Utilization of Pediatric Cardiology Subspecialty Care in California | Journal Scan

Study Questions:

What are the trends in pediatric cardiology specialty care in California over the last 3 decades?

Methods:

A retrospective, total population analysis of pediatric congenital heart disease (CHD) patients was performed using California’s Office of Statewide Health Planning and Development unmasked database. Pediatric Cardiac Specialty Care Centers (PCSCCs) were described as centers with the capacity to provide comprehensive, coordinated pediatric cardiac care.

Results:

Over the study period of 1983 to 2011, 164,310 discharges met inclusion criterion. Discharges from PCSCCs increased from 58% to 88% over the course of the study period, and were higher for surgical admissions (96%) as compared with nonsurgical admissions (71%). Admissions with a public payer increased from 42% in 1983 to 61% in 2011. There was a decline in the pediatric CHD in-hospital death rate from 51 to 23 per 100,000 from 1983 to 2011.

Conclusions:

California’s inpatient regionalized specialty care of pediatric CHD has increased significantly since 1983. As a large proportion of discharges have public payers, regionalized care will be sensitive to changes in public policy impacting payments to hospitals providing care for this patient population.

Perspective:

This study investigated the utilization of pediatric cardiac services over a period of approximately 30 years from the early 1980s to the early 2010s. California showed an increased proportion of patients receiving care at regional centers, particularly for surgical admissions. There has been increased interest in regionalization of CHD care as studies have suggested improved surgical outcomes in higher-volume centers. In California, 16 centers were rated as Pediatric Cardiac Specialty Care Centers. With this relatively large number of centers, it is likely that not all centers would be considered high-volume surgical centers. The study did not precisely define what constituted a comprehensive center. Overall, this study confirmed trends of improving neonatal mortality, and also demonstrated the high percentage of patients covered under public health plans. The provision of cardiac care in California is therefore highly dependent on policy decisions related to allocation of funds to public health plans.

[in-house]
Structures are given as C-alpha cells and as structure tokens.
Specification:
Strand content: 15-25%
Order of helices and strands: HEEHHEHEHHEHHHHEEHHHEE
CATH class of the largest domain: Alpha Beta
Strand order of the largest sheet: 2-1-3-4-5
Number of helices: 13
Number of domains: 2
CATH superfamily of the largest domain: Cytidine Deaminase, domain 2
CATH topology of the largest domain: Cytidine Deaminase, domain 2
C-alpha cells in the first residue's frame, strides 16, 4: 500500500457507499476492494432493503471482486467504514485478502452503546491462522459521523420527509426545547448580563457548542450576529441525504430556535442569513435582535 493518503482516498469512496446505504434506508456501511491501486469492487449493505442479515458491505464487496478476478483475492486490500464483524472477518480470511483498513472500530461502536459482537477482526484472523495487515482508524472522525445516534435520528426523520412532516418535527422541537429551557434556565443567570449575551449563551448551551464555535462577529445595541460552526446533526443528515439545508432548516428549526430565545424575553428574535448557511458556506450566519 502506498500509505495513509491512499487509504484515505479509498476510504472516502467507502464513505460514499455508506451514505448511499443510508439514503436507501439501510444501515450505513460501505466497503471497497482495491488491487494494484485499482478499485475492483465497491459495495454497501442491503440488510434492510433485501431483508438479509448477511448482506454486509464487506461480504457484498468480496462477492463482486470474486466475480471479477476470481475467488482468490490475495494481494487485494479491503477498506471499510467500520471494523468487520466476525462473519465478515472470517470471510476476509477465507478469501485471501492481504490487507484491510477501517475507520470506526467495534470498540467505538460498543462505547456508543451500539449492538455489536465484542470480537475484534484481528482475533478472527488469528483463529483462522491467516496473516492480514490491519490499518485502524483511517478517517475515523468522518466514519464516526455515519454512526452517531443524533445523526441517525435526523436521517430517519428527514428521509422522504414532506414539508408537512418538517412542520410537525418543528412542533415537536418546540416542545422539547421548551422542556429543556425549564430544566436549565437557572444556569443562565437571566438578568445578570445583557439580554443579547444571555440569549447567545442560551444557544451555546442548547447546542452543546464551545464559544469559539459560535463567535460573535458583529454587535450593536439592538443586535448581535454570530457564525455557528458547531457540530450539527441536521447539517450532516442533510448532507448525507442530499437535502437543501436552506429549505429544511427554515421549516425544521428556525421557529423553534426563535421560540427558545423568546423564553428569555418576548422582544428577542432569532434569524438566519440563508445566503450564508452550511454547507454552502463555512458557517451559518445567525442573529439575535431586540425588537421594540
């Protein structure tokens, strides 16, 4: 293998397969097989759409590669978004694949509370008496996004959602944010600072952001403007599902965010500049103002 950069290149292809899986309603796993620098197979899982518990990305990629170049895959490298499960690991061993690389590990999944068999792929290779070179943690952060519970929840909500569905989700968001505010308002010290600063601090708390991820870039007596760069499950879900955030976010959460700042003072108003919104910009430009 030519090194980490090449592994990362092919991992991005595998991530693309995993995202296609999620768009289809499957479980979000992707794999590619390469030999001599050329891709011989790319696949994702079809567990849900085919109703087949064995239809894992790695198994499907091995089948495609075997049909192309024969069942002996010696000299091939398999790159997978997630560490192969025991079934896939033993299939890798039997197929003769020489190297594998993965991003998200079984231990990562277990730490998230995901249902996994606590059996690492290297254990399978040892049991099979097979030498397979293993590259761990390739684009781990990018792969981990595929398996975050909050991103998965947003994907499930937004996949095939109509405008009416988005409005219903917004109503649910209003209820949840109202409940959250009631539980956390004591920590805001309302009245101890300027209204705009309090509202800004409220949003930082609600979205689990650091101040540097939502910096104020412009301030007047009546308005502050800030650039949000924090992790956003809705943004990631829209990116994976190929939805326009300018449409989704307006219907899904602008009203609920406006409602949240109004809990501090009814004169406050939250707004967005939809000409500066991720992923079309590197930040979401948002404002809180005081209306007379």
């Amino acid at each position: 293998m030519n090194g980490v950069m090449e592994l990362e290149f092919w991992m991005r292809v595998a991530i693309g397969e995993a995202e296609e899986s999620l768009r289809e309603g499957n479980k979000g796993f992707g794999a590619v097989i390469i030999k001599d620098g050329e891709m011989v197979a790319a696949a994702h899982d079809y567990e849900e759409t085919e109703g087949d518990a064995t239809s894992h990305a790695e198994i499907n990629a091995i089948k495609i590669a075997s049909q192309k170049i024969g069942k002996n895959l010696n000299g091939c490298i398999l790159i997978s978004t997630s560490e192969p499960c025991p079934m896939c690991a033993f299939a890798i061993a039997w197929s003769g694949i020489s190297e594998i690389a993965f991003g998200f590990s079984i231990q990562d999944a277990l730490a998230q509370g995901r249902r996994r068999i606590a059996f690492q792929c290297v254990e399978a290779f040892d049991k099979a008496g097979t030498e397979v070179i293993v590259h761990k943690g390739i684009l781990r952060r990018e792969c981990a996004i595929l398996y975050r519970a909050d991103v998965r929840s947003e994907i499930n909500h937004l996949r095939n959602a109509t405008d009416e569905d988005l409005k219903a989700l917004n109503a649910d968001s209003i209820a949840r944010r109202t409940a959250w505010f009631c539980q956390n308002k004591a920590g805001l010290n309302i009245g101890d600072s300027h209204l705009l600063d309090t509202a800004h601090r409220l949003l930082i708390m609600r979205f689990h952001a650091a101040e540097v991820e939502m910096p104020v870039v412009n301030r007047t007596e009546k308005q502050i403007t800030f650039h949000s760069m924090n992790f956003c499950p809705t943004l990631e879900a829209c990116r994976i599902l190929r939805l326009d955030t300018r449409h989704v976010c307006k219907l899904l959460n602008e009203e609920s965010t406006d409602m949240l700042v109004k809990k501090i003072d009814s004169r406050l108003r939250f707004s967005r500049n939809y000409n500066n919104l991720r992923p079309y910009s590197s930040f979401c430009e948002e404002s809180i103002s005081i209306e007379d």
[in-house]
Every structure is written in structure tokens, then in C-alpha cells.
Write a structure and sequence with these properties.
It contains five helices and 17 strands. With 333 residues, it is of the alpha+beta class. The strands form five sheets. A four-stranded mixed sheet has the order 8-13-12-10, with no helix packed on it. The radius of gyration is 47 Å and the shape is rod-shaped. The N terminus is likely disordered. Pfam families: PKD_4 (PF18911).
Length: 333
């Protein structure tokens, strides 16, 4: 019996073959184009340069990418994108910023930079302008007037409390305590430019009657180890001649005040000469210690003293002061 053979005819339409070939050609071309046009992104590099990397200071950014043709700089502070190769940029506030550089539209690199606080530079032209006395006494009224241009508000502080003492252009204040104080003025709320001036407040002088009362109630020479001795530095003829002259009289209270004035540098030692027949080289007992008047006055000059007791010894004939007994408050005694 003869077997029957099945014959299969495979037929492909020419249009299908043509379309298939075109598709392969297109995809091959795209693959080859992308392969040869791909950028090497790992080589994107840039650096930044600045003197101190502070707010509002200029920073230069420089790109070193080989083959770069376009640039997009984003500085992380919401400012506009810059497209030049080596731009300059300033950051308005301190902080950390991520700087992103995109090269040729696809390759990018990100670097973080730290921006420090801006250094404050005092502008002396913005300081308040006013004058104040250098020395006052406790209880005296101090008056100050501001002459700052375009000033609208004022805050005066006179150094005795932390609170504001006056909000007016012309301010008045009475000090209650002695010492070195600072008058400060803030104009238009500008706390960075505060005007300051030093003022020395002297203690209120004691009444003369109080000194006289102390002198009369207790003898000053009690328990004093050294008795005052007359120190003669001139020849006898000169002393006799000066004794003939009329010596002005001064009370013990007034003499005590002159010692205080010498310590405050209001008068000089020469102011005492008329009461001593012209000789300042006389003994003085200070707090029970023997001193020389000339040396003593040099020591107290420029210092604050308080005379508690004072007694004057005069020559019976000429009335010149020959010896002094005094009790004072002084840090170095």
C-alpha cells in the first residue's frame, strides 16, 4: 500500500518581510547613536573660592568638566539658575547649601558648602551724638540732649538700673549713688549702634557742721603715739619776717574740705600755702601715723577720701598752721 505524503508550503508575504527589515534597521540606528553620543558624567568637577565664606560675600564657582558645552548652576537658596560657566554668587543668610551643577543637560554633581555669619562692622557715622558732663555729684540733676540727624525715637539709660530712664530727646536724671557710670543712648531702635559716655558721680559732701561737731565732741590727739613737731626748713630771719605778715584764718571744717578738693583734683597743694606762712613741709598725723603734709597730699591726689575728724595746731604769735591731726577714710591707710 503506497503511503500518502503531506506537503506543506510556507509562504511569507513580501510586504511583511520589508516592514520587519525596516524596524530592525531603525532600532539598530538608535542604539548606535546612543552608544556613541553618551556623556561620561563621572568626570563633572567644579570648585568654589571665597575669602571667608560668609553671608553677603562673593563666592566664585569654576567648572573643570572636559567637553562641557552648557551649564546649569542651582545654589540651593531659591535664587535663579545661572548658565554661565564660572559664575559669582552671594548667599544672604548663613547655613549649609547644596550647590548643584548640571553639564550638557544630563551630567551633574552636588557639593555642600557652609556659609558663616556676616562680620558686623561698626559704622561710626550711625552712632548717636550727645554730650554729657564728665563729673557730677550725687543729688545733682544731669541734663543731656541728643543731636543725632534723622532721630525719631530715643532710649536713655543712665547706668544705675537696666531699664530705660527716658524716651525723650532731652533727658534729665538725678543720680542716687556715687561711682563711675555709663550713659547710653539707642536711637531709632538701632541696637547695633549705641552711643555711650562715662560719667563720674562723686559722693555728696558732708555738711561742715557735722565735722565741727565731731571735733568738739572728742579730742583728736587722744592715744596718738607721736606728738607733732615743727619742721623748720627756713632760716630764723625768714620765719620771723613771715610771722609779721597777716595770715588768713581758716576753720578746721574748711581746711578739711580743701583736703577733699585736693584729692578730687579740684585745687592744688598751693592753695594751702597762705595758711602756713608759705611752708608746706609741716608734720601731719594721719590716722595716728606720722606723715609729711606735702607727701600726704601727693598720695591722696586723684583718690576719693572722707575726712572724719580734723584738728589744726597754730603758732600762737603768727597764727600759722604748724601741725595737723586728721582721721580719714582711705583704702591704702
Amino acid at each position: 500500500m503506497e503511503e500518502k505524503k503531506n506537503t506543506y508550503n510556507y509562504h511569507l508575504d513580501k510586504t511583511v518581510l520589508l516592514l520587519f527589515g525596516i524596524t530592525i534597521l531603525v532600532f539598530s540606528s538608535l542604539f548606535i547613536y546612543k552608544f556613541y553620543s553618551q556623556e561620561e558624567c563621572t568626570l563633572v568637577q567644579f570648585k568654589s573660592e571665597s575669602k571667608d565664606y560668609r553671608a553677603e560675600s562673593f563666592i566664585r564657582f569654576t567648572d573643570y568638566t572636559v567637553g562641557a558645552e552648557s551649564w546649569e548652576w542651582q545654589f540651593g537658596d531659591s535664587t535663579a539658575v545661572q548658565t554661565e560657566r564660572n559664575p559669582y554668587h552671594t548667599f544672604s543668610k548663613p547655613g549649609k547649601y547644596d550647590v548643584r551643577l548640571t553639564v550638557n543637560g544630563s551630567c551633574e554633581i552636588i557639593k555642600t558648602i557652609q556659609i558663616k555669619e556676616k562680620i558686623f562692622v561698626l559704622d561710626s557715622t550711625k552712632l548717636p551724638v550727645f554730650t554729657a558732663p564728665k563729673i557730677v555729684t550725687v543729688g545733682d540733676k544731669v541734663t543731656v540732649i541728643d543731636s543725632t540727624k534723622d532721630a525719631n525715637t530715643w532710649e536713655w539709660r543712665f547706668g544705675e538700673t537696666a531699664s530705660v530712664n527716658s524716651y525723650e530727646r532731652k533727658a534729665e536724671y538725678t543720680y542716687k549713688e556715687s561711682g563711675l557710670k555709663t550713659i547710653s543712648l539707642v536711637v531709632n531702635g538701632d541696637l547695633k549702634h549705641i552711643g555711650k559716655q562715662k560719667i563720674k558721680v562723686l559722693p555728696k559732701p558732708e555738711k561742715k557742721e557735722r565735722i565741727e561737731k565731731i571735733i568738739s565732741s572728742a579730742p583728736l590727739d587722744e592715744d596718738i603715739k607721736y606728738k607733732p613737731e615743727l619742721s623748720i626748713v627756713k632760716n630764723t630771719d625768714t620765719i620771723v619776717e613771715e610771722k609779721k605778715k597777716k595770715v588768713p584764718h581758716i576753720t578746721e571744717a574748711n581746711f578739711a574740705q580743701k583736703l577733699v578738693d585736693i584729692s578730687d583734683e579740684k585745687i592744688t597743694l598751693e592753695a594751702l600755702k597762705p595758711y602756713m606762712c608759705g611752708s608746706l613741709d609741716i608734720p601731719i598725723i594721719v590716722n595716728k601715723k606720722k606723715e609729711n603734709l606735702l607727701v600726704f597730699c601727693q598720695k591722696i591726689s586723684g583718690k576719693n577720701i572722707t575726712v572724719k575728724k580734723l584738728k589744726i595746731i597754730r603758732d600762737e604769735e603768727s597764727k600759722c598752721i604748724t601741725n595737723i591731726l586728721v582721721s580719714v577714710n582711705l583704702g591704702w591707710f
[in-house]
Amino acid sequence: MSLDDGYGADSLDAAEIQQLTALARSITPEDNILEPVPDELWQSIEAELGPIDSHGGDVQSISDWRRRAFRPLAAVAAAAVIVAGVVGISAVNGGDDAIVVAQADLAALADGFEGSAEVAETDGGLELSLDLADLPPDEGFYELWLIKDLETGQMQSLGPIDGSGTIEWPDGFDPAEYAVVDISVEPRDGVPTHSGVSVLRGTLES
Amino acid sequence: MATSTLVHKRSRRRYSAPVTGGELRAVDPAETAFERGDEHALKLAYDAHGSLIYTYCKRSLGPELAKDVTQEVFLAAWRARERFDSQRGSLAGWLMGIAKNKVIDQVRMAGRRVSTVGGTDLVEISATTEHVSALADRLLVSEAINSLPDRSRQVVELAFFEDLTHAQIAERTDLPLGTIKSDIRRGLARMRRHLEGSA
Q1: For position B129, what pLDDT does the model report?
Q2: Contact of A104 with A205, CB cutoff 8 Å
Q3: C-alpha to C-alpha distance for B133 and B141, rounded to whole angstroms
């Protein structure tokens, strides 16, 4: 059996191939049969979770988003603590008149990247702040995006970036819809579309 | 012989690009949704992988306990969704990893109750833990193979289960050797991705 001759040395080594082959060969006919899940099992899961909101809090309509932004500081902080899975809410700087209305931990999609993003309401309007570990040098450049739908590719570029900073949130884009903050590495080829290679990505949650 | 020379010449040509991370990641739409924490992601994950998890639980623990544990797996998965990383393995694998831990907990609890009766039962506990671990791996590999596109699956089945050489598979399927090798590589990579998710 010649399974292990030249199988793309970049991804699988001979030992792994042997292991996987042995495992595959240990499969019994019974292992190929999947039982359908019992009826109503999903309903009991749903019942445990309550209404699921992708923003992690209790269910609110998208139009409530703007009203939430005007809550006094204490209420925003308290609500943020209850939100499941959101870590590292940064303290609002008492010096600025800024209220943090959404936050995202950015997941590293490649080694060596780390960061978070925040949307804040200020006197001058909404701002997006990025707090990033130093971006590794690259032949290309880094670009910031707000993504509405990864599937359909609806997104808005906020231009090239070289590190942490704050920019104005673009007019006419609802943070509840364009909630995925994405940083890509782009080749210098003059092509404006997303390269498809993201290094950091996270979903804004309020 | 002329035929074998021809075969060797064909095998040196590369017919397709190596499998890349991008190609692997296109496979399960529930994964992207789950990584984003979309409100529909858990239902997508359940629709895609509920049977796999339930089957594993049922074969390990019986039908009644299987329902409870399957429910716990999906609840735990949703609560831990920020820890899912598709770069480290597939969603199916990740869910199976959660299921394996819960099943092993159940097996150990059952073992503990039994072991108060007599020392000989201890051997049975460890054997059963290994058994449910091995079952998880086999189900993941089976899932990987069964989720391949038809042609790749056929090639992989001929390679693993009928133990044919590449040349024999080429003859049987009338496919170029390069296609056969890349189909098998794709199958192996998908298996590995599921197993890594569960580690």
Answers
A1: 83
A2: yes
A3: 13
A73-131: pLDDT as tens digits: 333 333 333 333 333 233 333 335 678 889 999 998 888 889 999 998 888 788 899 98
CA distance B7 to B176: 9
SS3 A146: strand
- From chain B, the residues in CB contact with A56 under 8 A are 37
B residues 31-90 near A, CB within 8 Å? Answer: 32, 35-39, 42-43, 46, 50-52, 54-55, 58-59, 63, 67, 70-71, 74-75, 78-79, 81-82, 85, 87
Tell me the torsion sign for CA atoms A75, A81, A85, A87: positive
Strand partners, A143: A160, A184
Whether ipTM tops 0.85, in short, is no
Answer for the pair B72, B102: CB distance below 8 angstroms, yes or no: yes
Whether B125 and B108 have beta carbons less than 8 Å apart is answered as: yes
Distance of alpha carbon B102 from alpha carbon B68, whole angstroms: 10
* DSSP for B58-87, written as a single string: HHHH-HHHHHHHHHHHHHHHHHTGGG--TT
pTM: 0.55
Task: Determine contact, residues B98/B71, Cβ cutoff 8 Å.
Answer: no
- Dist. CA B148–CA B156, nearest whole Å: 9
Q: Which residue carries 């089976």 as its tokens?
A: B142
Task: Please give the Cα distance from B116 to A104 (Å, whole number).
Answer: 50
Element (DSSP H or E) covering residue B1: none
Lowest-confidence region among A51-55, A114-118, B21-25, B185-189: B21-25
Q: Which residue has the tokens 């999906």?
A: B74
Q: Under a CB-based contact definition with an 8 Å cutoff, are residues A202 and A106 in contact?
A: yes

Clinical Topics: Cardiac Surgery, Congenital Heart Disease and Pediatric Cardiology, Invasive Cardiovascular Angiography and Intervention, Cardiac Surgery and CHD & Pediatrics, Congenital Heart Disease, CHD & Pediatrics and Interventions, CHD & Pediatrics and Quality Improvement, Interventions and Structural Heart Disease

Keywords: Cardiac Surgical Procedures, Child, Financial Management, Health Planning, Heart Defects, Congenital, Heart Diseases, Infant Mortality, Inpatients, Pediatrics, Public Health, Public Policy, Retrospective Studies


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